body needs for your higher level for training.   Your loyalty should be to your body first, not a 
certain diet! 

When you are an athlete who trains a lot you actually need all the different types of food groups.  
You need the fruits, the veggies, the proteins, the grain, the oils, the salts, and even the fats. 
Sometimes by doing certain diets you could actually end up hurting yourself by not giving the 
body enough of want it needs without realizing it.  Many runners, especially vegans and 
vegetarians, struggle to get enough protein or iron in their diet, and if you try to lower your salt 
consumption too much it could hurt you severely as when you are sweating you lose a lot of the 
salts in your body and it is very important to replace all lost electrolytes.  These are just a few 
things of some of the issues you need to be aware of as you look at your nutrition in terms of your 
training and general fitness. 

For me personally I don’t follow a strict diet.  What I try to do is just make sure I am eating a good 
amount of food from every food group.  I try to listen to what my body is craving, because 
cravings take place for a food are actually your body’s way of telling you what it needs.  If you 
look at what is in the type of food you are craving it can tell you what your body needs.  
For example if you are craving potato chips, your body may need salt; if you crave chicken,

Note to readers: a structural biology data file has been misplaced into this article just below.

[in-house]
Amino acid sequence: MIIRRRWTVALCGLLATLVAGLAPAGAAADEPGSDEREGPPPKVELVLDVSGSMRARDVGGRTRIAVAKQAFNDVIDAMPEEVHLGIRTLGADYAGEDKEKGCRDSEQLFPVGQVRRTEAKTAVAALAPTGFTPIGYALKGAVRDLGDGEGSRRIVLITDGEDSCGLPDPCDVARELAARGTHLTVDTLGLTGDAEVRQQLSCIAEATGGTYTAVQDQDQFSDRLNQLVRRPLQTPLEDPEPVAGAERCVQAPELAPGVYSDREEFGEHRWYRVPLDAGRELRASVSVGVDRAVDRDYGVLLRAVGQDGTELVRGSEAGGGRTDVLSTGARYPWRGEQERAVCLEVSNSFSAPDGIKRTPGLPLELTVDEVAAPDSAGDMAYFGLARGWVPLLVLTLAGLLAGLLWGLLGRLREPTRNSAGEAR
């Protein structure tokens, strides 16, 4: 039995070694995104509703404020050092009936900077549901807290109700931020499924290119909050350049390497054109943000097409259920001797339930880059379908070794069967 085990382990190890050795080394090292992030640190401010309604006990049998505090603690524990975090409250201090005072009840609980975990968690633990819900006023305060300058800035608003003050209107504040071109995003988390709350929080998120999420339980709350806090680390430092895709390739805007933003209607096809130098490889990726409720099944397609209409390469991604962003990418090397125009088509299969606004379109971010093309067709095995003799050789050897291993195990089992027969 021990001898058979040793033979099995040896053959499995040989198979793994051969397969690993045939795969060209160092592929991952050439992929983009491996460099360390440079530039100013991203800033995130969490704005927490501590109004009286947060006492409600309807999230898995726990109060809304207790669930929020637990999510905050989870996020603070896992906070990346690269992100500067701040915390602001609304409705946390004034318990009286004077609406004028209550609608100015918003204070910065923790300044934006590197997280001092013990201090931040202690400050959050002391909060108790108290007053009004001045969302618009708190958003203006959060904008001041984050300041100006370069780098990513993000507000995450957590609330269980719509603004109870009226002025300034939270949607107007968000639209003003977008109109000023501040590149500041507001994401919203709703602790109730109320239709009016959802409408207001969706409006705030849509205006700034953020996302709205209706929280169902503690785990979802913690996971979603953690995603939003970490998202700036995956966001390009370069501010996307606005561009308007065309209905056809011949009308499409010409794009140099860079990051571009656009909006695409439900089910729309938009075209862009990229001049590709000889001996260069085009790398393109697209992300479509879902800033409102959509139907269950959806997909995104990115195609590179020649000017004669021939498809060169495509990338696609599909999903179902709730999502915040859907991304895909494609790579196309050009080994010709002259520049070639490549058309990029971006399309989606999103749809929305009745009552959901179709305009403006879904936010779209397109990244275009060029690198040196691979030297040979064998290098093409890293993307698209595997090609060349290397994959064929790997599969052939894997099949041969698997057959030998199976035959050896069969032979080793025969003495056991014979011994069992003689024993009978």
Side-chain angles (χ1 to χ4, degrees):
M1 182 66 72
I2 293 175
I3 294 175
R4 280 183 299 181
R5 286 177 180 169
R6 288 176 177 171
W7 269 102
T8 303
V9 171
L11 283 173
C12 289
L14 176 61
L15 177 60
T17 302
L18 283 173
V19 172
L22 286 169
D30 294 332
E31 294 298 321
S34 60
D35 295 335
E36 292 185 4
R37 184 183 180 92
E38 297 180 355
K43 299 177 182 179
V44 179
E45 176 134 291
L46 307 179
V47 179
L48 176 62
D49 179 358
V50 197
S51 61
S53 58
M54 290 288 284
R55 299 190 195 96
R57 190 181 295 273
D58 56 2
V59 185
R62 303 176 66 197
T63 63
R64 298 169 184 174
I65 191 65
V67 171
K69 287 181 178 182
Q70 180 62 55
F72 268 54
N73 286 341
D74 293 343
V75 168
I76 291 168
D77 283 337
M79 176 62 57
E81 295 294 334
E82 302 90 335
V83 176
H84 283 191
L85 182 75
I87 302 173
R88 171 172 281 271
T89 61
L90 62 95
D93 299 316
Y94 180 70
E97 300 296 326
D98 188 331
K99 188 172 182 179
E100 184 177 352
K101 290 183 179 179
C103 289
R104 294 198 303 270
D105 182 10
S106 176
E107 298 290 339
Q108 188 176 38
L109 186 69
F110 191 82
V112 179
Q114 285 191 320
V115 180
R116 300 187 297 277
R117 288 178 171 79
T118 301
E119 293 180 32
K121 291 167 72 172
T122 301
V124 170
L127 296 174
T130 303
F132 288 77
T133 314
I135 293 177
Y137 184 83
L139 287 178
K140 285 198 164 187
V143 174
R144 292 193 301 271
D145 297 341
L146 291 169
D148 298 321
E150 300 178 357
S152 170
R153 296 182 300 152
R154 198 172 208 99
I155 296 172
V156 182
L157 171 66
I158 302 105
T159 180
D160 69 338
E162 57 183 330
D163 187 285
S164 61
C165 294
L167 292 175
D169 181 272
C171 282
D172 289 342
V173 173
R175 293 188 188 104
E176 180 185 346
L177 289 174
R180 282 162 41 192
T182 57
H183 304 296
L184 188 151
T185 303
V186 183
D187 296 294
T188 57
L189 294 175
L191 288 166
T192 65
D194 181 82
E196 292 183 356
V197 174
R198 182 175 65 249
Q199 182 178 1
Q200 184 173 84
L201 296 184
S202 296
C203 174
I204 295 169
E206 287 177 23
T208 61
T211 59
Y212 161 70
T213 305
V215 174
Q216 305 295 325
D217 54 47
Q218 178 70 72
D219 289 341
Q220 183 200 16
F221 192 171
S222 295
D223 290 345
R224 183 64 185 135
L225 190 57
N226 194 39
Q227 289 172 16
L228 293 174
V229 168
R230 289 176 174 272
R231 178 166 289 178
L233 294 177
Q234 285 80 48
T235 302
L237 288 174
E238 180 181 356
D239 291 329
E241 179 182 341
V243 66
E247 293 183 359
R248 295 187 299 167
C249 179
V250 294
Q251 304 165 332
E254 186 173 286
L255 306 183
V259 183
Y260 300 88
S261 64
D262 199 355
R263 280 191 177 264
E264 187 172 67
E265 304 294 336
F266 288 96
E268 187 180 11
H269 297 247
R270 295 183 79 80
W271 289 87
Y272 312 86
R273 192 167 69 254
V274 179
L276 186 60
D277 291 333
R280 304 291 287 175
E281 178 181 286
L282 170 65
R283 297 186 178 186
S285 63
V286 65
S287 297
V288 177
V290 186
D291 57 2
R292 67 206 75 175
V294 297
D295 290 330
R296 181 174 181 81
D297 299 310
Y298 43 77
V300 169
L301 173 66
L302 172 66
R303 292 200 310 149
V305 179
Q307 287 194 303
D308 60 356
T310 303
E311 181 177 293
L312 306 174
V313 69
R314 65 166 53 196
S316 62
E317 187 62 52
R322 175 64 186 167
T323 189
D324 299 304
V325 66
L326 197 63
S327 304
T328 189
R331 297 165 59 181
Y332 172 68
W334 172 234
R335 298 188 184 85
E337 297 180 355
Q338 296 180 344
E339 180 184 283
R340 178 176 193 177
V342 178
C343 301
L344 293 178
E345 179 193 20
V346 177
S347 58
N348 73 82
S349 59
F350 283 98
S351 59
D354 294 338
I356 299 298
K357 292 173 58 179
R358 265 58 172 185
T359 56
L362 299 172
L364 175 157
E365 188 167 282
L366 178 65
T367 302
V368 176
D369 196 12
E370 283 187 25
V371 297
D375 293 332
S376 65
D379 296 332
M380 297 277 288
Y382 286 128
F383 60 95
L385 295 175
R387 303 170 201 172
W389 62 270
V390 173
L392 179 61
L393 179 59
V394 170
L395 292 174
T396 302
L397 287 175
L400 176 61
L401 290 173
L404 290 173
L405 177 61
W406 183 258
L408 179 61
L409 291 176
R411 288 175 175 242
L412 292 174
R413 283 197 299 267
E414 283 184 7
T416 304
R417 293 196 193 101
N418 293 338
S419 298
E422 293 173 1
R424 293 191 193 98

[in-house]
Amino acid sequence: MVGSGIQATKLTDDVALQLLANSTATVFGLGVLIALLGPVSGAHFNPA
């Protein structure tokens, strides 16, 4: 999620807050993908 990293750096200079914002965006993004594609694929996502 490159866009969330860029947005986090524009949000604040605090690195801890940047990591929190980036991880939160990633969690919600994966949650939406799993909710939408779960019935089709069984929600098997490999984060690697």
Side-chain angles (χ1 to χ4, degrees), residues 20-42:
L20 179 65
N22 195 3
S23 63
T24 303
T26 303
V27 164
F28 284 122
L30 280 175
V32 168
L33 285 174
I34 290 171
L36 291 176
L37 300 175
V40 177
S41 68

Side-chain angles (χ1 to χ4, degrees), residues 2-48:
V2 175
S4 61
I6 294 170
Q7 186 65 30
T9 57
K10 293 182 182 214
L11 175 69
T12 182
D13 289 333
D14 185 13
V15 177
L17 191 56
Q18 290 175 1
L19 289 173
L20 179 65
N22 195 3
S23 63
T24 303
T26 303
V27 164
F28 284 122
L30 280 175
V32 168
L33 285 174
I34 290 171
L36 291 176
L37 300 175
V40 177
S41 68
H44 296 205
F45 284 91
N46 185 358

your body may need protein.   

I, by a large margin, eat more food than all my friends, because by running 110 miles a week I 
have to.  I feel that sometimes I am constantly eating but I know that that is just me refueling my 
body to get it prepared for the next day.  You cannot be afraid to eat more if you need to, even if it
is occasionally “junk food” because your body needs those fats as well, it’s just another way for 
your body to get energy.  However did you know that there are healthy fats you can eat as well 
that your body actually really needs to help it function properly?  Some types of foods with healthy 
fats include different nuts and seed; my personal favorites are peanuts and sunflower seeds.  
They would be great substitutes for the traditional chips or candy to have a healthier snack.  
While eating healthy is important don’t compromise what your body needs, you are an athlete in 
training, if you need to eat a lot then eat a lot, that’s what I do. ;)